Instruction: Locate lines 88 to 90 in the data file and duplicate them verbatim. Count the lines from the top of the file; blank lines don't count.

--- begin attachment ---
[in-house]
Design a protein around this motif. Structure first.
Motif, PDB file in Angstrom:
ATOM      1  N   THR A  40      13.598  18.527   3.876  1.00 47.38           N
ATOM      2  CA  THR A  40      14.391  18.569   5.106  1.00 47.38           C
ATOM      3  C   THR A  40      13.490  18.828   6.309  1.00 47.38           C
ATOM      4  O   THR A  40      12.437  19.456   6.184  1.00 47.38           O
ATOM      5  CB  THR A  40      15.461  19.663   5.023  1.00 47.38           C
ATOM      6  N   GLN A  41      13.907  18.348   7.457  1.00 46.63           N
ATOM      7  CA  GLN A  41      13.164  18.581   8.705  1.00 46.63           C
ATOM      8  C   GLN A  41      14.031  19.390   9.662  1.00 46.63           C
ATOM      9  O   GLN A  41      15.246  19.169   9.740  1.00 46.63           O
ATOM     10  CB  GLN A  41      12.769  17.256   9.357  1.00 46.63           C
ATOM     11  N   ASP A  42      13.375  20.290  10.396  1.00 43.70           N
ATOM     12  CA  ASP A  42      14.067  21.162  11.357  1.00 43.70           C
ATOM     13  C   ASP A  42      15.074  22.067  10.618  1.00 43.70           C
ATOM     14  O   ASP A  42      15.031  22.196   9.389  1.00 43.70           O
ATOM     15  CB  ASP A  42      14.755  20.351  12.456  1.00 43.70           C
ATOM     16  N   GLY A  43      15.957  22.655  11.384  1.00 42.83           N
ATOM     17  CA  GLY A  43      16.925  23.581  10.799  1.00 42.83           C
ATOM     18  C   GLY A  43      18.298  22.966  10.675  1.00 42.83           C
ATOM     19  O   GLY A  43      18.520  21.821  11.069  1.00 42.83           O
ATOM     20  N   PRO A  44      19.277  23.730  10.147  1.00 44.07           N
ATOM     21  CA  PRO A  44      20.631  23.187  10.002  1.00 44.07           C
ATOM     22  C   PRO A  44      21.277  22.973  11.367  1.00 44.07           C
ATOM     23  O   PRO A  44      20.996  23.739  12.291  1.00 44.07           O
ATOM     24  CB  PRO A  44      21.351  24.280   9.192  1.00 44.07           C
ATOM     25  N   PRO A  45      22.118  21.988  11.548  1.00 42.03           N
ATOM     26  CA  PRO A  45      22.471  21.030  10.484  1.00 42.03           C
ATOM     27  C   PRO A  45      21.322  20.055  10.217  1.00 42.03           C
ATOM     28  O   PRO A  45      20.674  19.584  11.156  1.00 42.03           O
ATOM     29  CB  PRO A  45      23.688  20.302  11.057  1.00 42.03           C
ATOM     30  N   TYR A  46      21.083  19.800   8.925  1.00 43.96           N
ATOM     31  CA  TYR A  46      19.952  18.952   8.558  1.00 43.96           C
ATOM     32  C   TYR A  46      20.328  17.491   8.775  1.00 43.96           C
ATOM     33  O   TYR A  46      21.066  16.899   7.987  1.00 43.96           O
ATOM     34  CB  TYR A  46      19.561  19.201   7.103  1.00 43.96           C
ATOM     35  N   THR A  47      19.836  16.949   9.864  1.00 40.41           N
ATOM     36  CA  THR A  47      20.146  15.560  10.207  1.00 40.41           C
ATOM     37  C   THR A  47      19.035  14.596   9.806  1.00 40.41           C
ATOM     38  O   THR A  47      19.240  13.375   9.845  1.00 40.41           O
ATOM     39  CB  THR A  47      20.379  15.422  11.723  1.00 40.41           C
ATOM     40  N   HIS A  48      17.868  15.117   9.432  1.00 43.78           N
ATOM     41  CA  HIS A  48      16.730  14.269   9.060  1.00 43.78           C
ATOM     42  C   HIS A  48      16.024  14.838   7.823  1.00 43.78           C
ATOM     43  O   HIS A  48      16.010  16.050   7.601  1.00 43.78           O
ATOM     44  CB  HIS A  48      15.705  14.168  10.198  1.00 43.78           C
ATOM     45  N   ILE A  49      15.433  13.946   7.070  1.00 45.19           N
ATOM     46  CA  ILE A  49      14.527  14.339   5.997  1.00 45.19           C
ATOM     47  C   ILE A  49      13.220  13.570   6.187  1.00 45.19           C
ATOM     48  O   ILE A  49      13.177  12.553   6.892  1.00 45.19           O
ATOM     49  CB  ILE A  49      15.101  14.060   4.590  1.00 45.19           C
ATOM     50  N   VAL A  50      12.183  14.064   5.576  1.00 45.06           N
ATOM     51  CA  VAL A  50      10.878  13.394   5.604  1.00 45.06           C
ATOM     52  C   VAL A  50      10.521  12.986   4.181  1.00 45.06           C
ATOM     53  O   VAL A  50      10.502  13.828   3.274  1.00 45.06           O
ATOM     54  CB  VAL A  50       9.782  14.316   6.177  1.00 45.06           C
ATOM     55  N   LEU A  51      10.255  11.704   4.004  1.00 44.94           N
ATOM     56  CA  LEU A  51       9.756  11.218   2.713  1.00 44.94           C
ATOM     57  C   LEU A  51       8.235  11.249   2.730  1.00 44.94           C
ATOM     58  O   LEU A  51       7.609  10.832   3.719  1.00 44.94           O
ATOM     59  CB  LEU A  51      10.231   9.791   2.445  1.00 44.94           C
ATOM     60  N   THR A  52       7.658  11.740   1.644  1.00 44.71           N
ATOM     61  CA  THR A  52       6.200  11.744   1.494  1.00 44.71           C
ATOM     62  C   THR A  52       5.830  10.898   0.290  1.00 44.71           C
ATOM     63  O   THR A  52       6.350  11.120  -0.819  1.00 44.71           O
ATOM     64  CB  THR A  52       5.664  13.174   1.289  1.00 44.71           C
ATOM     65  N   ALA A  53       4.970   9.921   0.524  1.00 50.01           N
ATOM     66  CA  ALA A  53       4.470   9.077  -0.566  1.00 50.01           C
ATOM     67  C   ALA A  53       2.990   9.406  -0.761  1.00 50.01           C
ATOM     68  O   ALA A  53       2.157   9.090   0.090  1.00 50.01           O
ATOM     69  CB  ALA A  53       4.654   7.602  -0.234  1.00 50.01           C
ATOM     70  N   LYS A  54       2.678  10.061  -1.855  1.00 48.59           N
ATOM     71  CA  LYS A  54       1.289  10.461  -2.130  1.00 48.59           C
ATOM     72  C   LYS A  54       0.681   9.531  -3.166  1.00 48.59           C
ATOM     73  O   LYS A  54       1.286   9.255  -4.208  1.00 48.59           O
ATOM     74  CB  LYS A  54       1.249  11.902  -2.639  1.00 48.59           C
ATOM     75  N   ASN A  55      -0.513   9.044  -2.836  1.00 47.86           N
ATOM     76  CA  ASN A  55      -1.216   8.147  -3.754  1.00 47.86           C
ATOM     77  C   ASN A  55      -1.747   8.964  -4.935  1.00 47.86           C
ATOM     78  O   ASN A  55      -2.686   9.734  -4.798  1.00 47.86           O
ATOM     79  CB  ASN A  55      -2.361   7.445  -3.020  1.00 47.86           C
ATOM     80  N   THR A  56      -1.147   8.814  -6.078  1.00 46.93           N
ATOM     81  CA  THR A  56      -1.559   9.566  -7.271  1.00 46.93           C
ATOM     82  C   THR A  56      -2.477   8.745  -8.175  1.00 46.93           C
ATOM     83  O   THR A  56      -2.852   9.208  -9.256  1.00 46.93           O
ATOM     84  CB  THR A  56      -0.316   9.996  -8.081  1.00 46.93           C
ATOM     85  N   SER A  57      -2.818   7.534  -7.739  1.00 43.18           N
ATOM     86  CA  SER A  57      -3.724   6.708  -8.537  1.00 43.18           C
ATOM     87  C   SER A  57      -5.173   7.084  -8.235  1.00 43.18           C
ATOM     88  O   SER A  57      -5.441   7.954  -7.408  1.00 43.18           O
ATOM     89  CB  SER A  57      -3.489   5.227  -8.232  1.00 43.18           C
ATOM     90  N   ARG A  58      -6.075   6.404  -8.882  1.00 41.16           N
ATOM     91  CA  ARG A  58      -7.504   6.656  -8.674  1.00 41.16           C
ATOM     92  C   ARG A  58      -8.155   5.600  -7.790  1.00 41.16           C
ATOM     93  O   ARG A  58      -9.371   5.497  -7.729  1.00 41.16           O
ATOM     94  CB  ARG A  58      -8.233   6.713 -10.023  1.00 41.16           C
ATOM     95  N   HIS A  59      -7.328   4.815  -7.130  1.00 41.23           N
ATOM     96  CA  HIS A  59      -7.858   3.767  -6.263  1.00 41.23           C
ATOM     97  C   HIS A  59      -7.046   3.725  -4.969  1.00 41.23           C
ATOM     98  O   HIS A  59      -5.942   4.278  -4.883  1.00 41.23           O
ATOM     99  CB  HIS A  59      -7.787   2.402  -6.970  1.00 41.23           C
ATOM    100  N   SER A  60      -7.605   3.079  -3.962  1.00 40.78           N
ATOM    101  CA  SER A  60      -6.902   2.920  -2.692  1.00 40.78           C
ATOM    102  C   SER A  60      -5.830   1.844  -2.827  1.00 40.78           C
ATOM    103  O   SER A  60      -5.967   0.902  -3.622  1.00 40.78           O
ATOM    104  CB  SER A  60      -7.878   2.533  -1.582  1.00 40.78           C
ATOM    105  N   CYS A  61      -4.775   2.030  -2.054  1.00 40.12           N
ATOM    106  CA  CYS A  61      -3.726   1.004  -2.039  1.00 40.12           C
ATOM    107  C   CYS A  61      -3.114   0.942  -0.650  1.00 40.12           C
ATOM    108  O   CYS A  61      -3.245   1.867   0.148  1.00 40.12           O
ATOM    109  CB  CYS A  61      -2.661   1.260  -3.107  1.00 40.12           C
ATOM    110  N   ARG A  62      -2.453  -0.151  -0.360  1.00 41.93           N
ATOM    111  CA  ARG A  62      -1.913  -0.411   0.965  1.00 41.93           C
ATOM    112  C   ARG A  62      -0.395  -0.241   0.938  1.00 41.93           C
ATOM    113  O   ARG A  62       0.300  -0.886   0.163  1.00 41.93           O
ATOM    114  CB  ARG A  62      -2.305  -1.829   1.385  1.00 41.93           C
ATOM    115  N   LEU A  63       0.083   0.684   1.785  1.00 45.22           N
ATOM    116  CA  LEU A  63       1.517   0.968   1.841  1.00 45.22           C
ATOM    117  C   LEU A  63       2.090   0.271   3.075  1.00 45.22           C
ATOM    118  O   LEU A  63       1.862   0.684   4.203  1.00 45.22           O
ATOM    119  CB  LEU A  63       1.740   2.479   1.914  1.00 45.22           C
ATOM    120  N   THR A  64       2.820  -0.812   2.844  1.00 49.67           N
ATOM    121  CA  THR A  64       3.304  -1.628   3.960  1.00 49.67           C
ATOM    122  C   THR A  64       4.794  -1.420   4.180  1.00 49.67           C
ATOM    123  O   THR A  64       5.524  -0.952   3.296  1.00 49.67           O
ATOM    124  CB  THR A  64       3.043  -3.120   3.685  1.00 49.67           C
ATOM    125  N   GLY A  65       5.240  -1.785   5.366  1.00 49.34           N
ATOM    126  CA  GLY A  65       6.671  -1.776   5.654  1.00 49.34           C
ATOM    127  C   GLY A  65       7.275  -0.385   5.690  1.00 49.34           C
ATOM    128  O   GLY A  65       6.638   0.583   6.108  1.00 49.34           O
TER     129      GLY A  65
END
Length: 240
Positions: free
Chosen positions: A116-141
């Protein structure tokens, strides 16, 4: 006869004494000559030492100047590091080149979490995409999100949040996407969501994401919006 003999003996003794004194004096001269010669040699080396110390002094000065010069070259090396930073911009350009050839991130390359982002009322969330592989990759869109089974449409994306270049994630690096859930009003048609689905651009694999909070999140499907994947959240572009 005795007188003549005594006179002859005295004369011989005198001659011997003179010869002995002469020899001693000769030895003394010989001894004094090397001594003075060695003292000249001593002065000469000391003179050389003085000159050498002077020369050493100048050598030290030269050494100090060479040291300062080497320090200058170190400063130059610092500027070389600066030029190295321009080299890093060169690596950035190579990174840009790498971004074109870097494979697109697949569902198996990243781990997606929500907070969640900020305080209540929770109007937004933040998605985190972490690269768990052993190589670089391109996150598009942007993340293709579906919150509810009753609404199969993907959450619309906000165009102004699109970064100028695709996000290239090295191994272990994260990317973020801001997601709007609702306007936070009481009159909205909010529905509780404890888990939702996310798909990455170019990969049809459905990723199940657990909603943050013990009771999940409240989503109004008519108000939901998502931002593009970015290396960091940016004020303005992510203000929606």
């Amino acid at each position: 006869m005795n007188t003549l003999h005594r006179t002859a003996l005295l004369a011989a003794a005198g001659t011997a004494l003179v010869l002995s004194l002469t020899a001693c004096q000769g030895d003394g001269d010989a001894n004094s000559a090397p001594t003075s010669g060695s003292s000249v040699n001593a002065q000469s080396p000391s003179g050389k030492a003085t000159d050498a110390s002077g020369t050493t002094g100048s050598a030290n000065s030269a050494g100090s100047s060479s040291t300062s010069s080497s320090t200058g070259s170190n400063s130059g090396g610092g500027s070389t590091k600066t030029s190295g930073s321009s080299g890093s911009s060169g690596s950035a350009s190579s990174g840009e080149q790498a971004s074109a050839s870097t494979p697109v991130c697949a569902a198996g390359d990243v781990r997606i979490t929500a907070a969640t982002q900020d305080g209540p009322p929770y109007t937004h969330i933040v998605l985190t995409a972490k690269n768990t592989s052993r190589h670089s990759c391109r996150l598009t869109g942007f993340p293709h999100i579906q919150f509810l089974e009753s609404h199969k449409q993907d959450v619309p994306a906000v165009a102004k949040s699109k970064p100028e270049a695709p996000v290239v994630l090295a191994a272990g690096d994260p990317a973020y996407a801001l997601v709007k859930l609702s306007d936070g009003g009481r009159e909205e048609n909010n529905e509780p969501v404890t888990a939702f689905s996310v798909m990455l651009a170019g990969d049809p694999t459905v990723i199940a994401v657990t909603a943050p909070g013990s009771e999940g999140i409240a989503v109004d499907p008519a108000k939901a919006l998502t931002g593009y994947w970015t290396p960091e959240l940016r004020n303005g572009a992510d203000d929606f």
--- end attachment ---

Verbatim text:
ATOM     85  N   SER A  57      -2.818   7.534  -7.739  1.00 43.18           N
ATOM     86  CA  SER A  57      -3.724   6.708  -8.537  1.00 43.18           C
ATOM     87  C   SER A  57      -5.173   7.084  -8.235  1.00 43.18           C